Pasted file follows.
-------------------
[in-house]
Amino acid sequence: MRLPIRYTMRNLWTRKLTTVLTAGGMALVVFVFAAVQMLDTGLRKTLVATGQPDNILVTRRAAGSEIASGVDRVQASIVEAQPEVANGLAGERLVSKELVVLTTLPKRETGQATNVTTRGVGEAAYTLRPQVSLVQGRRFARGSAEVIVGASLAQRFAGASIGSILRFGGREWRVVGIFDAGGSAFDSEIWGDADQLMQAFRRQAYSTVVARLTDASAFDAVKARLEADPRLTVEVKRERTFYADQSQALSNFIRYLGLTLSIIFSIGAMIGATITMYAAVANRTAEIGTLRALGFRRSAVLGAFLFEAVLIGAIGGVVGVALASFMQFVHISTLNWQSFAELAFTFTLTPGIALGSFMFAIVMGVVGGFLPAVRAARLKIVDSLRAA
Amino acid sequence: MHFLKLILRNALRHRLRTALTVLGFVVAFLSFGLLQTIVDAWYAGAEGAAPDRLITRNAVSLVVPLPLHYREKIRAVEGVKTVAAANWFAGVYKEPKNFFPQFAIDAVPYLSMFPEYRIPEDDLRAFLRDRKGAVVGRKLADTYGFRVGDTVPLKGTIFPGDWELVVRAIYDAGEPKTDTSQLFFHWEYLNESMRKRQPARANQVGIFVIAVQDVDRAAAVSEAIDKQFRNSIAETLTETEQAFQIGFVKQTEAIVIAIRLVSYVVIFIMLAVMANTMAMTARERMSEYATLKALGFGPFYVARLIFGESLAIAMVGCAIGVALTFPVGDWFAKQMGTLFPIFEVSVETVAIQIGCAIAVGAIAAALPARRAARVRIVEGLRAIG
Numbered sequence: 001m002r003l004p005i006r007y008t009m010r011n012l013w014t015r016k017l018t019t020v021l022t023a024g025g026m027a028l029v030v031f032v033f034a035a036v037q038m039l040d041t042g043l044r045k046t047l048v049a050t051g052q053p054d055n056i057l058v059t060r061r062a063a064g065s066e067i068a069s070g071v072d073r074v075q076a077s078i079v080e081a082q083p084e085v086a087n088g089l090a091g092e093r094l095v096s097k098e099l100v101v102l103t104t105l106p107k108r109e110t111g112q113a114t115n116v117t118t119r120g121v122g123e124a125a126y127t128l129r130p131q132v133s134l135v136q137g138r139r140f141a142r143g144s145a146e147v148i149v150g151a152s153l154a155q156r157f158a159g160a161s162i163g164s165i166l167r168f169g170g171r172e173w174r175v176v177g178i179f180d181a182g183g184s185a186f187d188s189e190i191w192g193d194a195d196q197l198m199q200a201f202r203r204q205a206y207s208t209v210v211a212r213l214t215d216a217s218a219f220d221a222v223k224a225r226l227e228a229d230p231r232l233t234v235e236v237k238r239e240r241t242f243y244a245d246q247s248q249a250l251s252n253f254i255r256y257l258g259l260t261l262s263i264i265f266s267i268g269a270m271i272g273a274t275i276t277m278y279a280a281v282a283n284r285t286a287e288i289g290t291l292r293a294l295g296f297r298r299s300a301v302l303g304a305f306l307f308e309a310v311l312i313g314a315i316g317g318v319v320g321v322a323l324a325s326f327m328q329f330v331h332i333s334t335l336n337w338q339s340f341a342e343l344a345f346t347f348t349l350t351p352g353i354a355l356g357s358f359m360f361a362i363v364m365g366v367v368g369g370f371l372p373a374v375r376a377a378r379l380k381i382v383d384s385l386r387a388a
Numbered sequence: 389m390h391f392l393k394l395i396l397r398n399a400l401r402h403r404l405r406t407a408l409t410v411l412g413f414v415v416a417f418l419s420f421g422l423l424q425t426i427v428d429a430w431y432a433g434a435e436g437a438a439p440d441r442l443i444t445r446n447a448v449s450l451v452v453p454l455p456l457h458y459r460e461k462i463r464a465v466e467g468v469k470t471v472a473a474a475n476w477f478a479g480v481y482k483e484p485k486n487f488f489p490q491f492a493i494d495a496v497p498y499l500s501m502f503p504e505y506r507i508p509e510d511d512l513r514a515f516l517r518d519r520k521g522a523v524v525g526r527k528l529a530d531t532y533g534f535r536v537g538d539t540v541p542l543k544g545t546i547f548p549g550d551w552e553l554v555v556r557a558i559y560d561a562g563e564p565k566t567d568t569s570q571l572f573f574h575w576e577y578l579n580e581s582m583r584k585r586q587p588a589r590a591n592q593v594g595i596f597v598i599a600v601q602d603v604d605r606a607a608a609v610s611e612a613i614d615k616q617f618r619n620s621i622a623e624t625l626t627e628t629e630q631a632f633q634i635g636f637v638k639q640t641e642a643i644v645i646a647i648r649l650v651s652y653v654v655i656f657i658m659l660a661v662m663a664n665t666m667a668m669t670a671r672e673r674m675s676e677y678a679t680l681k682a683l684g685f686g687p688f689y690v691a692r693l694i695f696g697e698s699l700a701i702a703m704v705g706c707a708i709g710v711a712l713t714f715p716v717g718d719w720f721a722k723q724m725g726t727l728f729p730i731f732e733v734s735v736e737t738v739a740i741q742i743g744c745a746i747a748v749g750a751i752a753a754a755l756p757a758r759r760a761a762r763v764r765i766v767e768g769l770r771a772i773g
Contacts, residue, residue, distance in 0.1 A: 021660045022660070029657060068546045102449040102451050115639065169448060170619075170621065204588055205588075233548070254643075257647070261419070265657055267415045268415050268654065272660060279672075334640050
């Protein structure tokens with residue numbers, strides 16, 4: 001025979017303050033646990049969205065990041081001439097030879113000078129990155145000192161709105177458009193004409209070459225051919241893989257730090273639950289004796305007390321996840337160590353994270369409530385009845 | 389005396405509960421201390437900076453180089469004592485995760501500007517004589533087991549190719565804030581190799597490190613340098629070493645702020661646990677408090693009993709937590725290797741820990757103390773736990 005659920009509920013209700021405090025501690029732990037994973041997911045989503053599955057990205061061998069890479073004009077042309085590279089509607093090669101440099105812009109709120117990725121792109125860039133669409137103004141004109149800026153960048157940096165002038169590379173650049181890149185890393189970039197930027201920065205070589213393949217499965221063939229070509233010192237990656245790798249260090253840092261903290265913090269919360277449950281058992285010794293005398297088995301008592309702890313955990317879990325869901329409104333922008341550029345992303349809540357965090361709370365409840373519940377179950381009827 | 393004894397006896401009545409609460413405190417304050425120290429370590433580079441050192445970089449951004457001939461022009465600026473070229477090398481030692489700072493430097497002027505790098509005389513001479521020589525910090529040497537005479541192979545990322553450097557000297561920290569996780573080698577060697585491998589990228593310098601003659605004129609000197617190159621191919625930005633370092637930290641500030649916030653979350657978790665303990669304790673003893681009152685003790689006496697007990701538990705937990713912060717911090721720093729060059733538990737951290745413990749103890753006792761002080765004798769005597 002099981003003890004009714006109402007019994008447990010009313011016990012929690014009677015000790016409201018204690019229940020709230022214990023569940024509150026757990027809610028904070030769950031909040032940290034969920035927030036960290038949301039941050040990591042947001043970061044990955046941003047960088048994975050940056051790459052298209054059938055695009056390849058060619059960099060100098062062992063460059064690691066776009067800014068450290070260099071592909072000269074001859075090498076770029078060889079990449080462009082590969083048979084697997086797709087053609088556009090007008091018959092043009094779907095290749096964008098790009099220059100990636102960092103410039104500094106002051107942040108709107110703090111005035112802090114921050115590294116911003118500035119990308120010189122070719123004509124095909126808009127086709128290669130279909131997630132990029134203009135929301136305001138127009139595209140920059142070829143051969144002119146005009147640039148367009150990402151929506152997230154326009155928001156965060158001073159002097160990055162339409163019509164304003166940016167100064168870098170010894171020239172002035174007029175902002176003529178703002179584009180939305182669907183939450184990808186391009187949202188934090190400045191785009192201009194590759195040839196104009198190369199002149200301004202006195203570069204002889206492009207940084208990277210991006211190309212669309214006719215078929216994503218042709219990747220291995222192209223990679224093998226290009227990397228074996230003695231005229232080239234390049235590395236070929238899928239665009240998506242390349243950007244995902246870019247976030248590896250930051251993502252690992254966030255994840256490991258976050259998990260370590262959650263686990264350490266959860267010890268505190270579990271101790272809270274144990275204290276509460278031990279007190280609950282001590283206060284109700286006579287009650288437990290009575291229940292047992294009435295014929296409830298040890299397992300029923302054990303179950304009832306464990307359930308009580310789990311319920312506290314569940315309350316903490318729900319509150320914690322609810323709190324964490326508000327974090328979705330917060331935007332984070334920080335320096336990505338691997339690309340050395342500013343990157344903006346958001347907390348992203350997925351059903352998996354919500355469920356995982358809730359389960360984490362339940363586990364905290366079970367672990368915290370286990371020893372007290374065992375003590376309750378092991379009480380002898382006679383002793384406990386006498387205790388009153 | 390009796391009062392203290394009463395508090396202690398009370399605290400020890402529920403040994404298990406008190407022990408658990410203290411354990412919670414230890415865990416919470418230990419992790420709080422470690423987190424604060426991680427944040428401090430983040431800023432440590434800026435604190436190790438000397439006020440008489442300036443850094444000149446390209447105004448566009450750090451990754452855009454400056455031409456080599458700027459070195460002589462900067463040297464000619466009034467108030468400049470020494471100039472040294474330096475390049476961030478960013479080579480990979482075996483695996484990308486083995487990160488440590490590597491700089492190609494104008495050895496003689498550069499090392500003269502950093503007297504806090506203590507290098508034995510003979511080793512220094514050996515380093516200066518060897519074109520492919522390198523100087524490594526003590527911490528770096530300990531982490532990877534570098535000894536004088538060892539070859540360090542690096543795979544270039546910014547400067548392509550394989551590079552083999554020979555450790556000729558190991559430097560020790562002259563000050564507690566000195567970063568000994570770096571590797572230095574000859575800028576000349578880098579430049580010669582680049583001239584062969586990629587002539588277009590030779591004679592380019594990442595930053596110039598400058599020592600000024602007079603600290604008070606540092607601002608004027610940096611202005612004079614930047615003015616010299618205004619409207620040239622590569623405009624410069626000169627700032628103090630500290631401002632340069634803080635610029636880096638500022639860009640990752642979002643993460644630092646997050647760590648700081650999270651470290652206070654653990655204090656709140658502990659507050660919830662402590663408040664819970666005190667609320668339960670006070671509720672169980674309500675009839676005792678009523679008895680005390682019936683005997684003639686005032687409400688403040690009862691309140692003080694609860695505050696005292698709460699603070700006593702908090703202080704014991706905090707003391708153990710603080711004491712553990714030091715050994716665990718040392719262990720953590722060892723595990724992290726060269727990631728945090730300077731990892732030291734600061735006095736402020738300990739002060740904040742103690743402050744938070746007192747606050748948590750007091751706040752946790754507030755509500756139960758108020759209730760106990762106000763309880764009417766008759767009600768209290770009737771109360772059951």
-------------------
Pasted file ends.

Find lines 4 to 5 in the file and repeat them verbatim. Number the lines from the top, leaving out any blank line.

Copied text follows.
Numbered sequence: 001m002r003l004p005i006r007y008t009m010r011n012l013w014t015r016k017l018t019t020v021l022t023a024g025g026m027a028l029v030v031f032v033f034a035a036v037q038m039l040d041t042g043l044r045k046t047l048v049a050t051g052q053p054d055n056i057l058v059t060r061r062a063a064g065s066e067i068a069s070g071v072d073r074v075q076a077s078i079v080e081a082q083p084e085v086a087n088g089l090a091g092e093r094l095v096s097k098e099l100v101v102l103t104t105l106p107k108r109e110t111g112q113a114t115n116v117t118t119r120g121v122g123e124a125a126y127t128l129r130p131q132v133s134l135v136q137g138r139r140f141a142r143g144s145a146e147v148i149v150g151a152s153l154a155q156r157f158a159g160a161s162i163g164s165i166l167r168f169g170g171r172e173w174r175v176v177g178i179f180d181a182g183g184s185a186f187d188s189e190i191w192g193d194a195d196q197l198m199q200a201f202r203r204q205a206y207s208t209v210v211a212r213l214t215d216a217s218a219f220d221a222v223k224a225r226l227e228a229d230p231r232l233t234v235e236v237k238r239e240r241t242f243y244a245d246q247s248q249a250l251s252n253f254i255r256y257l258g259l260t261l262s263i264i265f266s267i268g269a270m271i272g273a274t275i276t277m278y279a280a281v282a283n284r285t286a287e288i289g290t291l292r293a294l295g296f297r298r299s300a301v302l303g304a305f306l307f308e309a310v311l312i313g314a315i316g317g318v319v320g321v322a323l324a325s326f327m328q329f330v331h332i333s334t335l336n337w338q339s340f341a342e343l344a345f346t347f348t349l350t351p352g353i354a355l356g357s358f359m360f361a362i363v364m365g366v367v368g369g370f371l372p373a374v375r376a377a378r379l380k381i382v383d384s385l386r387a388a
Numbered sequence: 389m390h391f392l393k394l395i396l397r398n399a400l401r402h403r404l405r406t407a408l409t410v411l412g413f414v415v416a417f418l419s420f421g422l423l424q425t426i427v428d429a430w431y432a433g434a435e436g437a438a439p440d441r442l443i444t445r446n447a448v449s450l451v452v453p454l455p456l457h458y459r460e461k462i463r464a465v466e467g468v469k470t471v472a473a474a475n476w477f478a479g480v481y482k483e484p485k486n487f488f489p490q491f492a493i494d495a496v497p498y499l500s501m502f503p504e505y506r507i508p509e510d511d512l513r514a515f516l517r518d519r520k521g522a523v524v525g526r527k528l529a530d531t532y533g534f535r536v537g538d539t540v541p542l543k544g545t546i547f548p549g550d551w552e553l554v555v556r557a558i559y560d561a562g563e564p565k566t567d568t569s570q571l572f573f574h575w576e577y578l579n580e581s582m583r584k585r586q587p588a589r590a591n592q593v594g595i596f597v598i599a600v601q602d603v604d605r606a607a608a609v610s611e612a613i614d615k616q617f618r619n620s621i622a623e624t625l626t627e628t629e630q631a632f633q634i635g636f637v638k639q640t641e642a643i644v645i646a647i648r649l650v651s652y653v654v655i656f657i658m659l660a661v662m663a664n665t666m667a668m669t670a671r672e673r674m675s676e677y678a679t680l681k682a683l684g685f686g687p688f689y690v691a692r693l694i695f696g697e698s699l700a701i702a703m704v705g706c707a708i709g710v711a712l713t714f715p716v717g718d719w720f721a722k723q724m725g726t727l728f729p730i731f732e733v734s735v736e737t738v739a740i741q742i743g744c745a746i747a748v749g750a751i752a753a754a755l756p757a758r759r760a761a762r763v764r765i766v767e768g769l770r771a772i773g